The "rod end" (1) of a cylinder is that end that has the rod extending.

The "head end" (2) is the other end of the cylinder - the blind end.

The rod end line directs oil to the rod end of the cylinder to retract the rod. The head end line directs oil to the head end of the cylinder to extend the rod.

1. Rod end. 2. Head end.


The hydraulic system need not be drained to remove any or all cylinders. Only the oil in the lines between the cylinder and its control valve will be lost. However, the control lever must remain in HOLD position or oil can drain from the tank in some instances.

Disassembly and Assembly

Remove and install the bolts securing the cylinder head to the cylinder with the piston rod fully extended.

Cylinder Head Seals

The rubber O-ring seal and the back-up ring which form the seal between the head and cylinder bore are all assembled as illustrated.

Note that the toe or lip of all wiper seals (3) on all cylinders faces away from the cylinder head.


1. Buffer seal. 2. U-cup seal (always installed with lip toward the oil). 3. Wiper seal.

Seal Guide for Installation of Cylinder Head

A hydraulic cylinder rod with a sharp edge, on the thread end of the rod, needs a seal guide to put the cylinder head on the cylinder rod. A complete list of seal guides is in the Vehicle System Tools section of the Tool Guide. To install the cylinder head:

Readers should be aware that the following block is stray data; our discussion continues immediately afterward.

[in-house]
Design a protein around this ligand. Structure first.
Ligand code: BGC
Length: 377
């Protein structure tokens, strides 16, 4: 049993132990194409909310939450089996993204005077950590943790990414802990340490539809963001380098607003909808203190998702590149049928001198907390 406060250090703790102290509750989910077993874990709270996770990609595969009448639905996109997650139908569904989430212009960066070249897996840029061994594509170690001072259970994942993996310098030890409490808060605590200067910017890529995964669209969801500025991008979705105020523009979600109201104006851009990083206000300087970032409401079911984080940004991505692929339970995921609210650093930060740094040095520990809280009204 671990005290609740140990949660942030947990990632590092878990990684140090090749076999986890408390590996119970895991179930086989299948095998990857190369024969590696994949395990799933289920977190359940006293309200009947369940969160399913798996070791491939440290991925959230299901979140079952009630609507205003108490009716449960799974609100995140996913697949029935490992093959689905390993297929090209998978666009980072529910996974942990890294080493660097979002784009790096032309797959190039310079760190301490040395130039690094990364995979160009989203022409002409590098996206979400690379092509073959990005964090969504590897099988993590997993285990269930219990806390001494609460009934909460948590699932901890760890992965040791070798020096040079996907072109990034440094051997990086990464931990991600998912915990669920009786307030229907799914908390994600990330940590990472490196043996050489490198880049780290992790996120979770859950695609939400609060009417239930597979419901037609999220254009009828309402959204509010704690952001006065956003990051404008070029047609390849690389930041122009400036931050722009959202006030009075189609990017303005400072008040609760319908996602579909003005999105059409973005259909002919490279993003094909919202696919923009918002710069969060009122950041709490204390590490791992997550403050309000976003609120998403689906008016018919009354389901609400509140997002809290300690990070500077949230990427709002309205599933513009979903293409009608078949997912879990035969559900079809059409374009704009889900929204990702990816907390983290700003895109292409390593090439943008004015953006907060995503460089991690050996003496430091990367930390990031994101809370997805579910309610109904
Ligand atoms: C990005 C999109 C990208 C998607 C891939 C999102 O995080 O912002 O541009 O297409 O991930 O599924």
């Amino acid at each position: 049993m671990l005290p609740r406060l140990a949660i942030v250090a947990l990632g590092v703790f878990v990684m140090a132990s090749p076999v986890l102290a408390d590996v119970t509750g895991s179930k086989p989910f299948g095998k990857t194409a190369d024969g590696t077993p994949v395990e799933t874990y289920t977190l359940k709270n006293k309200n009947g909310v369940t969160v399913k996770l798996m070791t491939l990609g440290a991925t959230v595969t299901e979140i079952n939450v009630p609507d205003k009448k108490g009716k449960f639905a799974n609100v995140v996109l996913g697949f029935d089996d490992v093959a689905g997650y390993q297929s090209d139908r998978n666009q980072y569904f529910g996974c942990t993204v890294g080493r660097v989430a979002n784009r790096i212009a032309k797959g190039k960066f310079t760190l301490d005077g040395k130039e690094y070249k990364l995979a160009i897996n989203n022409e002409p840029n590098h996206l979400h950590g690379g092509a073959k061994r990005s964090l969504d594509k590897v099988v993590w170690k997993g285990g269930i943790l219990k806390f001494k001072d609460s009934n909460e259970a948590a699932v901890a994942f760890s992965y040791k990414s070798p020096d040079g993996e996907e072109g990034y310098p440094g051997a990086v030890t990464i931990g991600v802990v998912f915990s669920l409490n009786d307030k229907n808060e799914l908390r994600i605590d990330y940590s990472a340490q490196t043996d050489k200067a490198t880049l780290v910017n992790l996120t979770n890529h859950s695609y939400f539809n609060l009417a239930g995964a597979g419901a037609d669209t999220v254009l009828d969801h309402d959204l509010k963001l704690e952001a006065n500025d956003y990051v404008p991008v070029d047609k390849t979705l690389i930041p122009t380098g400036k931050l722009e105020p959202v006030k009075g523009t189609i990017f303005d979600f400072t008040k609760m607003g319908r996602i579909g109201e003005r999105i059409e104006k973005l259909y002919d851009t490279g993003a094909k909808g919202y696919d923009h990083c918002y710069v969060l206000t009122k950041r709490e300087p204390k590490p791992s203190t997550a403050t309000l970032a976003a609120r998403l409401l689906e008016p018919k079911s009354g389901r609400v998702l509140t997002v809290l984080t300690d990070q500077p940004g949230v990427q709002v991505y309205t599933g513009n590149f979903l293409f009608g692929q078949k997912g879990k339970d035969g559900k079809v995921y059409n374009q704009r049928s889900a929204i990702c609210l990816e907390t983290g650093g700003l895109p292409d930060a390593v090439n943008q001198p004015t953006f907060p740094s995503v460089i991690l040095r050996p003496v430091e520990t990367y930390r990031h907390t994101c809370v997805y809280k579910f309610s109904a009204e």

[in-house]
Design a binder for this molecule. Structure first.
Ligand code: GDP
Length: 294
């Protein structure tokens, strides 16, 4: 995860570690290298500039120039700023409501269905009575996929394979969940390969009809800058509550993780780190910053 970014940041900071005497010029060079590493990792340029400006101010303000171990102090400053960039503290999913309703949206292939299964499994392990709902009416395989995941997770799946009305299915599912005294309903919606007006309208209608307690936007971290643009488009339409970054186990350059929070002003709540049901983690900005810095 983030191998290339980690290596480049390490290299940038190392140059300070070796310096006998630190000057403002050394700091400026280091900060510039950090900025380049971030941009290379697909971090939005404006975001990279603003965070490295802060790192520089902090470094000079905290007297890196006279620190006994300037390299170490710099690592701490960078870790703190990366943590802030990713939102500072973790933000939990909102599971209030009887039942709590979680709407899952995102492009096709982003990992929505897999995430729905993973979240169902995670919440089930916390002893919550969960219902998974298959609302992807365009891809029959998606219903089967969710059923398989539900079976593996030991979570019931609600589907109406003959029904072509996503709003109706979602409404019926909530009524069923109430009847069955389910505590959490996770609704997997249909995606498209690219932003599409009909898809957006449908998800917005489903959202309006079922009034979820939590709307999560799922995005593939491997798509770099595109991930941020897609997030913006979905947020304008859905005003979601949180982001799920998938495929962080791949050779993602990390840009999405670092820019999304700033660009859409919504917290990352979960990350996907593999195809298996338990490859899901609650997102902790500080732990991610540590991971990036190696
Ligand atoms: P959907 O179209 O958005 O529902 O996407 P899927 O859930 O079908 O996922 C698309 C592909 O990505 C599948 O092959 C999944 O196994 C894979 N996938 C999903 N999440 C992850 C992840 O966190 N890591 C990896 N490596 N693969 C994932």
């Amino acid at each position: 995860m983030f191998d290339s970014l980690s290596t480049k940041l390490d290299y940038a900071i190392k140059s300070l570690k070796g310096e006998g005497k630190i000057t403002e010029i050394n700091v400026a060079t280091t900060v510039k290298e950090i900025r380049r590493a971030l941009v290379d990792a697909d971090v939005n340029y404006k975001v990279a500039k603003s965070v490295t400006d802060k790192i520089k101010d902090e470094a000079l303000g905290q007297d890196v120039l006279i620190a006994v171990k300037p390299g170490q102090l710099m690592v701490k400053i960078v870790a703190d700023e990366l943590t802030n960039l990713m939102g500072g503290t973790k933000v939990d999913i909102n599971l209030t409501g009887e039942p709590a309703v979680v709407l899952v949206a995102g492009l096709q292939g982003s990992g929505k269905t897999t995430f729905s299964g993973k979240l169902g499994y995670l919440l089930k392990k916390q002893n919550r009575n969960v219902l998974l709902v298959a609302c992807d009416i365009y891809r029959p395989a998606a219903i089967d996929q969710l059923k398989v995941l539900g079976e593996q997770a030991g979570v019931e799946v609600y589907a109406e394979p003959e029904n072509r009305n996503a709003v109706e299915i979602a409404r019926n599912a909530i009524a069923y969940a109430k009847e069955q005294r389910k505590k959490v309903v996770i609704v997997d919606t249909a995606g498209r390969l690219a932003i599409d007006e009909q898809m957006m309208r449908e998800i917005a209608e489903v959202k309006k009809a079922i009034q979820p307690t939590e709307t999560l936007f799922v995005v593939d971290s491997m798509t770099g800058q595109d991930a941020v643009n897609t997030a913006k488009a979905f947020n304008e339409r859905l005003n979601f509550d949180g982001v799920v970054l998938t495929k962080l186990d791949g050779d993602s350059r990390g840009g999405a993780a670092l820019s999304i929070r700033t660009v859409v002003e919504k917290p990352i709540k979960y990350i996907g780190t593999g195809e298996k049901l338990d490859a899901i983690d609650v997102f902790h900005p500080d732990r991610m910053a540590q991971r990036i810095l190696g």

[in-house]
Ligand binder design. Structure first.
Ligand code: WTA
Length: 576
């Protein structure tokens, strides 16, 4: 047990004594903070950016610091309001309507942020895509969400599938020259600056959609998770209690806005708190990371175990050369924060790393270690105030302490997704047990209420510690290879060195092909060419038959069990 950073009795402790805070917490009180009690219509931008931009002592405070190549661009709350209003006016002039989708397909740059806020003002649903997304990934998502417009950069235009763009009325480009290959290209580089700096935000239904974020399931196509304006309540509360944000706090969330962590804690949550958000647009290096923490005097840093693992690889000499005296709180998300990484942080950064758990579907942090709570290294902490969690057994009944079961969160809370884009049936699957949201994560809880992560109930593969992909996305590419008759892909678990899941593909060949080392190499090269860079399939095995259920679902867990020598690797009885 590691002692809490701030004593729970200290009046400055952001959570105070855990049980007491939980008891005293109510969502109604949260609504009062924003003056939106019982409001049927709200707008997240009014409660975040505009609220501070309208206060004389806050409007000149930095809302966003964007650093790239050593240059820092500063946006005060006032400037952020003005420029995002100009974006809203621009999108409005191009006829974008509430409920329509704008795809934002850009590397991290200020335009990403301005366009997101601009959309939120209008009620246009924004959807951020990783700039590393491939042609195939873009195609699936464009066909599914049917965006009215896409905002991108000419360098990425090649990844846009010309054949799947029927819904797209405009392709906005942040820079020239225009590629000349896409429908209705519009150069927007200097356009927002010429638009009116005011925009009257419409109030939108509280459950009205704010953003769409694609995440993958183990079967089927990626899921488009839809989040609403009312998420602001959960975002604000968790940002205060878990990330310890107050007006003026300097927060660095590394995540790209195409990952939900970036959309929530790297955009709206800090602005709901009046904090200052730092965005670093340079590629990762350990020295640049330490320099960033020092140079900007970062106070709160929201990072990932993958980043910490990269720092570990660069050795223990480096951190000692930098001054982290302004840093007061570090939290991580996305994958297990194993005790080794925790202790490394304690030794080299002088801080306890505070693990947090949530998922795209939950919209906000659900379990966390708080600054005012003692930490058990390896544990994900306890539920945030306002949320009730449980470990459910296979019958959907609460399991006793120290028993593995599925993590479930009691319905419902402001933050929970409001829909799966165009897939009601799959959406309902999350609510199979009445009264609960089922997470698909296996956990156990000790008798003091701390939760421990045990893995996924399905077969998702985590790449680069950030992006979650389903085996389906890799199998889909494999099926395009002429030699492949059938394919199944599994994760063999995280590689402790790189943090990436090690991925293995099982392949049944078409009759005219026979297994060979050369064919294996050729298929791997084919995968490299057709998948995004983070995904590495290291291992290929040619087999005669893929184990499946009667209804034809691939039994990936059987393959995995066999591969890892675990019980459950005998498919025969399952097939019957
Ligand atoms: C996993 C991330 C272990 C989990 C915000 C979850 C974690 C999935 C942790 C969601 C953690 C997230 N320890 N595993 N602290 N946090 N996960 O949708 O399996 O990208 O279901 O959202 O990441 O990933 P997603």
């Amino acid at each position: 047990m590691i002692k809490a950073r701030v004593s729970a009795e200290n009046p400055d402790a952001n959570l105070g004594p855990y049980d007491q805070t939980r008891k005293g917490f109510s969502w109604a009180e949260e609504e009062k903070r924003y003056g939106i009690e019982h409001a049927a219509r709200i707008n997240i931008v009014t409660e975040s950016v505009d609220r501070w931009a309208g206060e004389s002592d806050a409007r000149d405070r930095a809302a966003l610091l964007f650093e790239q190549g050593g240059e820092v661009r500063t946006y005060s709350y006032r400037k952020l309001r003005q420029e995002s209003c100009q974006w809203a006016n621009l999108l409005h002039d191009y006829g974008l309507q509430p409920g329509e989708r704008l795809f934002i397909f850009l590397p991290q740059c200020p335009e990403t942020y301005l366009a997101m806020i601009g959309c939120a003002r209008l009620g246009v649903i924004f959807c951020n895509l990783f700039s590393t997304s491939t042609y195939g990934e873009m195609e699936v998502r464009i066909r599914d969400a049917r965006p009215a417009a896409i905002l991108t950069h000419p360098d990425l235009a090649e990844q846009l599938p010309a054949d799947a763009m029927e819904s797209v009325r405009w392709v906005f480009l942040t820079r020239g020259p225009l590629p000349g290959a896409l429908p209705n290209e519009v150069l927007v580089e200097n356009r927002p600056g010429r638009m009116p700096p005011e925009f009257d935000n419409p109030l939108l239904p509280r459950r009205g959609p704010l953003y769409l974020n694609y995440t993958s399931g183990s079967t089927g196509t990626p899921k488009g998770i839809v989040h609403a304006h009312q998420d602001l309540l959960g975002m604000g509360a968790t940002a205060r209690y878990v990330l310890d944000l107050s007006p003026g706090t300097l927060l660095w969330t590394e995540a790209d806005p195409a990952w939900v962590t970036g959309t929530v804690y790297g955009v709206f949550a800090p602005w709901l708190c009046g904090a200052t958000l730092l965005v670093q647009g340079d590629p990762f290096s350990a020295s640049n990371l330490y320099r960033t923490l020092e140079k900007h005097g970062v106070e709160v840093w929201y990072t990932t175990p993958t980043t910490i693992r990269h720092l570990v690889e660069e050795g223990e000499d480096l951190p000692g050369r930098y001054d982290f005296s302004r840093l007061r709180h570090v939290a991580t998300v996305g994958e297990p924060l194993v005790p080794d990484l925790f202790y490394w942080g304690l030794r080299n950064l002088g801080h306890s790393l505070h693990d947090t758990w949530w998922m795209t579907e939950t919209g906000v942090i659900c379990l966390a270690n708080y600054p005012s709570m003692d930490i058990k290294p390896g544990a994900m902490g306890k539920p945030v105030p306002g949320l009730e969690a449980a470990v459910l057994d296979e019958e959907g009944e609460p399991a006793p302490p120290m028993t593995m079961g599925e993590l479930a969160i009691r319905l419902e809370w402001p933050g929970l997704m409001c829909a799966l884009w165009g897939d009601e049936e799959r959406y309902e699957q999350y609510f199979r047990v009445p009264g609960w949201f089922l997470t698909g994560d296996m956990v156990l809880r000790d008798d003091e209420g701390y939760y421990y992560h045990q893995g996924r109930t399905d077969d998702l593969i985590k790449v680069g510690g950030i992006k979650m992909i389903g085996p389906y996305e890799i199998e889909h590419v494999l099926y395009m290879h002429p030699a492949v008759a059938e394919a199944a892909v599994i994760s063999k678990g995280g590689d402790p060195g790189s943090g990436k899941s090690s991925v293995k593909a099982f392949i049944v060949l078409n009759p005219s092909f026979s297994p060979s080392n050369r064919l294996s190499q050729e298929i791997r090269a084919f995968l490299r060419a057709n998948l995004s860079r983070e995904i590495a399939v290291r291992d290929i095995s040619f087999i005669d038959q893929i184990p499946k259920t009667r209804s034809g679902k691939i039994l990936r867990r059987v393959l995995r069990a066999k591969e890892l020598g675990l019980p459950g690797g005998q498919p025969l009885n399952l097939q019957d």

1. Put lubricant on the seals. From the outside face of the cylinder head, push the small diameter end of the seal guide into the seals.

2. Place the thread end of the rod in the seal guide and push the cylinder head on the rod.



Cylinder Head Packing Adjustment

Oil leakage between the rod and the hydraulic cylinder packing can be the result of worn, cut, and/or distorted packing. Leakage can often be stopped by removing shims (2) located between retainer (1) and the cylinder head; this will allow the packing to be compressed against the rod when the retainer is tightened.

1. Retainer. 2. Shims.

Remove the bolts securing retainer (1) to the cylinder head. Move the retainer away from the cylinder head to allow the shims to be cut and removed.

Remove one shim (2); install retainer (1) and operate the cylinder. If leakage is still apparent, repeat the procedure. If the cylinder leaks after removing two shims, remove and disassemble the cylinder and replace the packing.

NOTE: Remove only the shims (2) which measure .010 in. (0.25 mm) in thickness. The thicker shims should not be removed to adjust the packing.

Installing Packing and Shims in Head

1. Place retainer (3) on rod (6). Separate and oil all the rings of packing (2). Place the packing on the rod so the open part of the V will be facing toward head (1) when the head is installed. Be sure rubber pressure ring (4) is located as shown.

1. Head. 2. Packing. 3. Retainer. 4. Rubber pressure ring. 5. Shims.

2. Place the head on the rod and insert one ring of packing at a time into the head.

3. Tap packing firmly into the head with the retainer (3).